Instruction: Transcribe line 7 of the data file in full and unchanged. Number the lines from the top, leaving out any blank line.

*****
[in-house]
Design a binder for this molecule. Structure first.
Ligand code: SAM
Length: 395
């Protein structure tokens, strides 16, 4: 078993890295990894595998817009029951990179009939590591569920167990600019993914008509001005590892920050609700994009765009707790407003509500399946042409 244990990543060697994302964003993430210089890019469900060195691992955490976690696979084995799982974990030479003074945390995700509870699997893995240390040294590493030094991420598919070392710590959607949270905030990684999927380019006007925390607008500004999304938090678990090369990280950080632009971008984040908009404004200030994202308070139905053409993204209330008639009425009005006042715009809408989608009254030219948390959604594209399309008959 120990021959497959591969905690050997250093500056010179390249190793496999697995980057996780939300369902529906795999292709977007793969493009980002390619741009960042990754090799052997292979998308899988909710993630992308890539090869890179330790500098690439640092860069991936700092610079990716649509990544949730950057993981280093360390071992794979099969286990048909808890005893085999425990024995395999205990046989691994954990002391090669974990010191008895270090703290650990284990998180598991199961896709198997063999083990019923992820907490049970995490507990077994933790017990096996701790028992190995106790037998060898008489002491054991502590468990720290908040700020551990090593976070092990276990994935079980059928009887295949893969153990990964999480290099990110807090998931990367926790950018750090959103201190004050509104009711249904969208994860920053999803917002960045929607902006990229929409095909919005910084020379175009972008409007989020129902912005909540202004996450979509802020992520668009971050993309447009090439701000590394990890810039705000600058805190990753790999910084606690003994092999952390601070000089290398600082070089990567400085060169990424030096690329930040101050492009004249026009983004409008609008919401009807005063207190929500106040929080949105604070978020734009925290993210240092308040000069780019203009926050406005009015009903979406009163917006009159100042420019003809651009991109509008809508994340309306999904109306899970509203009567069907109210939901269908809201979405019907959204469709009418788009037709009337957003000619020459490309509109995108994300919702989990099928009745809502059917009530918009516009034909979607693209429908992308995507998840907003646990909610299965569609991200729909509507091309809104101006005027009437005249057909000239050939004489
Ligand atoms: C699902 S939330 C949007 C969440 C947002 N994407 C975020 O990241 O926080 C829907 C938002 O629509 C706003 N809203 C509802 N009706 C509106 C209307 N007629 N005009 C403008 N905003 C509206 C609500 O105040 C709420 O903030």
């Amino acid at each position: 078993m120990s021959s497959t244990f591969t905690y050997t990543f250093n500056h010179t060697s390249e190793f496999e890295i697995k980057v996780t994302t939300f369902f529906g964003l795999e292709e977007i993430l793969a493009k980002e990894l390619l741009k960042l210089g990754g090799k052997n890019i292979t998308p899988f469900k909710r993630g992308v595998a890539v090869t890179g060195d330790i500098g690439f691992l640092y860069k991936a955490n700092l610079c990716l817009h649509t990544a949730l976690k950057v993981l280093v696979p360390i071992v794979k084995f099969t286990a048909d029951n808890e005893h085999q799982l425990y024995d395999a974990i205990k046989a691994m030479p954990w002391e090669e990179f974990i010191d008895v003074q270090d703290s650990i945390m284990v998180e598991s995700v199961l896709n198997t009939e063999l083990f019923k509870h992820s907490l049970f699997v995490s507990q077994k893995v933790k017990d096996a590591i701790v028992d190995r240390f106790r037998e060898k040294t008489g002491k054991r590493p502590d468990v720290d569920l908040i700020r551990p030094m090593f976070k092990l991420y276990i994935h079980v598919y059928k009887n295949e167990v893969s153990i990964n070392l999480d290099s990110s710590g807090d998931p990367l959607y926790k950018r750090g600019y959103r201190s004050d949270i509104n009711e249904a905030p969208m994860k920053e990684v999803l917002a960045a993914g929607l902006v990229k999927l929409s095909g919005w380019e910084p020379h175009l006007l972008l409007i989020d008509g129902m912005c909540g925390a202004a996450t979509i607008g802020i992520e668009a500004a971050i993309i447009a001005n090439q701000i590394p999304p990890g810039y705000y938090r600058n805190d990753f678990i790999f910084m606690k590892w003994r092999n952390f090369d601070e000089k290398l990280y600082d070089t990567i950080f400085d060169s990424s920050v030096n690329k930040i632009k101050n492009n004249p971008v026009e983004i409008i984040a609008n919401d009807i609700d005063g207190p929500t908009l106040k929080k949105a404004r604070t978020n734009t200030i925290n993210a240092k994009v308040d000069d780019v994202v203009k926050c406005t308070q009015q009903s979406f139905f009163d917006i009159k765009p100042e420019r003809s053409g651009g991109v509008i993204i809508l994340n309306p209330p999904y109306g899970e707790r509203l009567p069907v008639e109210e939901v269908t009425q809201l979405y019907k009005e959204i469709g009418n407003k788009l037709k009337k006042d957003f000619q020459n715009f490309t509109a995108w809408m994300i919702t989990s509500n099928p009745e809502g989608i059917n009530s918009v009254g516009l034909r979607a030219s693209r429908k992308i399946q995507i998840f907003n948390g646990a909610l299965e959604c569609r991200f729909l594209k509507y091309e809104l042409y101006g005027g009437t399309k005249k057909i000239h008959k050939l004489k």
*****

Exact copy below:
């Amino acid at each position: 078993m120990s021959s497959t244990f591969t905690y050997t990543f250093n500056h010179t060697s390249e190793f496999e890295i697995k980057v996780t994302t939300f369902f529906g964003l795999e292709e977007i993430l793969a493009k980002e990894l390619l741009k960042l210089g990754g090799k052997n890019i292979t998308p899988f469900k909710r993630g992308v595998a890539v090869t890179g060195d330790i500098g690439f691992l640092y860069k991936a955490n700092l610079c990716l817009h649509t990544a949730l976690k950057v993981l280093v696979p360390i071992v794979k084995f099969t286990a048909d029951n808890e005893h085999q799982l425990y024995d395999a974990i205990k046989a691994m030479p954990w002391e090669e990179f974990i010191d008895v003074q270090d703290s650990i945390m284990v998180e598991s995700v199961l896709n198997t009939e063999l083990f019923k509870h992820s907490l049970f699997v995490s507990q077994k893995v933790k017990d096996a590591i701790v028992d190995r240390f106790r037998e060898k040294t008489g002491k054991r590493p502590d468990v720290d569920l908040i700020r551990p030094m090593f976070k092990l991420y276990i994935h079980v598919y059928k009887n295949e167990v893969s153990i990964n070392l999480d290099s990110s710590g807090d998931p990367l959607y926790k950018r750090g600019y959103r201190s004050d949270i509104n009711e249904a905030p969208m994860k920053e990684v999803l917002a960045a993914g929607l902006v990229k999927l929409s095909g919005w380019e910084p020379h175009l006007l972008l409007i989020d008509g129902m912005c909540g925390a202004a996450t979509i607008g802020i992520e668009a500004a971050i993309i447009a001005n090439q701000i590394p999304p990890g810039y705000y938090r600058n805190d990753f678990i790999f910084m606690k590892w003994r092999n952390f090369d601070e000089k290398l990280y600082d070089t990567i950080f400085d060169s990424s920050v030096n690329k930040i632009k101050n492009n004249p971008v026009e983004i409008i984040a609008n919401d009807i609700d005063g207190p929500t908009l106040k929080k949105a404004r604070t978020n734009t200030i925290n993210a240092k994009v308040d000069d780019v994202v203009k926050c406005t308070q009015q009903s979406f139905f009163d917006i009159k765009p100042e420019r003809s053409g651009g991109v509008i993204i809508l994340n309306p209330p999904y109306g899970e707790r509203l009567p069907v008639e109210e939901v269908t009425q809201l979405y019907k009005e959204i469709g009418n407003k788009l037709k009337k006042d957003f000619q020459n715009f490309t509109a995108w809408m994300i919702t989990s509500n099928p009745e809502g989608i059917n009530s918009v009254g516009l034909r979607a030219s693209r429908k992308i399946q995507i998840f907003n948390g646990a909610l299965e959604c569609r991200f729909l594209k509507y091309e809104l042409y101006g005027g009437t399309k005249k057909i000239h008959k050939l004489k």